You can write a stored procedure to create an audit table and view any table. This is an example of calling the MAKE_AUDIT_TABLE () stored procedure to create a view of the audit table and table EMPLOYEE in the schema SQLSTAND. The audit table will be AUDIT_EMPLOYEE in the schema AUDITLIB. The system name of the table will be AUDITEMP. The audit view is automatically named AUDIT_EMPLOYEE_VIEW — the name of the audit table to which _VIEW was added.

call make_audit_table(JOURNAL_TABLE_SCHEMA => 'SQLSTAND', 
                      JOURNAL_TABLE => 'EMPLOYEE', 
                      AUDIT_SCHEMA => 'AUDITLIB',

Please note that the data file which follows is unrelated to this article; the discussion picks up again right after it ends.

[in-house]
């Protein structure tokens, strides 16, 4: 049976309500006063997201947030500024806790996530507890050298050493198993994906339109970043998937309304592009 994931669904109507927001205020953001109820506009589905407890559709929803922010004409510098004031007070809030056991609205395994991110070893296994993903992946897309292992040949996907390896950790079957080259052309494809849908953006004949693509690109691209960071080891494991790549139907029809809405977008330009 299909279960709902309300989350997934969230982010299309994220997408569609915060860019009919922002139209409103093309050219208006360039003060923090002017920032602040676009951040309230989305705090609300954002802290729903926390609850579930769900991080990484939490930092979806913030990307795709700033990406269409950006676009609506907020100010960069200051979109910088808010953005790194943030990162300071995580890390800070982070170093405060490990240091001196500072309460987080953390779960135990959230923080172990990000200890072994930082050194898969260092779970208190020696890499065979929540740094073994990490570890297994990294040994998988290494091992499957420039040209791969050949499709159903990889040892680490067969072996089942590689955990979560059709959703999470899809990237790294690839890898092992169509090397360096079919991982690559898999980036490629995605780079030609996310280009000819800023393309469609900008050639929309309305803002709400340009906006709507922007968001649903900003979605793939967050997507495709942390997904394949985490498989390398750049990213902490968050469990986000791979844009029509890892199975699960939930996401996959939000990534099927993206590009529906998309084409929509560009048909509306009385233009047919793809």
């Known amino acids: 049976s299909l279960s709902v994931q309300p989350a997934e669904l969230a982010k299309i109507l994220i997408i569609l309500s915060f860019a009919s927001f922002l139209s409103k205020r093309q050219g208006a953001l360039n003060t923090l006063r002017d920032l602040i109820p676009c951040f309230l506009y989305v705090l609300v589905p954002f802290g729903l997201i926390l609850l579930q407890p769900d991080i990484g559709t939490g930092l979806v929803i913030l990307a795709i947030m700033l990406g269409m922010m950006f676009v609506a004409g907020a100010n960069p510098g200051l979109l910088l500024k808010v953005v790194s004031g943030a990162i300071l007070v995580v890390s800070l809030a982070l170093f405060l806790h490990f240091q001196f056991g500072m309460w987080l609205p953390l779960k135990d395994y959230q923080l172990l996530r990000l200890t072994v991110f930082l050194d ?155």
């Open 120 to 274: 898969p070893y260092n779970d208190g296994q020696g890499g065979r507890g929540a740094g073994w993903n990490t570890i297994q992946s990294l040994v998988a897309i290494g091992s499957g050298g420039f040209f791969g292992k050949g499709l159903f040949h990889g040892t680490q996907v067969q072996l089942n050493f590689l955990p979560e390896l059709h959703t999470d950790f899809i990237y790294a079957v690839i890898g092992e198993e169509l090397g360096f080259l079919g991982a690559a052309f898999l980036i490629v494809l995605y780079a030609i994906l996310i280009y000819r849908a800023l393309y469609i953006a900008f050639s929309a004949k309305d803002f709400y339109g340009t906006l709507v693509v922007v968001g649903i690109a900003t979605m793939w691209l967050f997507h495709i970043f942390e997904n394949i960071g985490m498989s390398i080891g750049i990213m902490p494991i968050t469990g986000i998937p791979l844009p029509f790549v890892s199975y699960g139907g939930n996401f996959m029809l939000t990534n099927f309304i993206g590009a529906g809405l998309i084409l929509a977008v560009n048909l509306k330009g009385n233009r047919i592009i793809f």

AUDIT_TABLE => 'AUDIT_EMPLOYEE', 
                      AUDIT_TABLE_SYSTEM => 'AUDITEMP'); 

This is the SQL for creating the MAKE_AUDIT_TABLE () stored procedure. Copy it and paste it into “Run SQL Script” to run it. These are the main points to keep in mind in the procedure. See Callouts in your code.

  • Make a copy of the * OUTFILE template file (QSYS.QADSPJRN) in QTEMP and remove the JOESD column definition from the definition. The call to the QSYS2.override_qaqqini () stored procedure is to ignore the query message that stops dropping columns. If desired, there are four other template files that can be used to provide more detailed journal columns. If you need this information, simply replace all references in QSYS.QADSPJRN with the name of the alternate template (for example, QSYS.QADSPJRN2).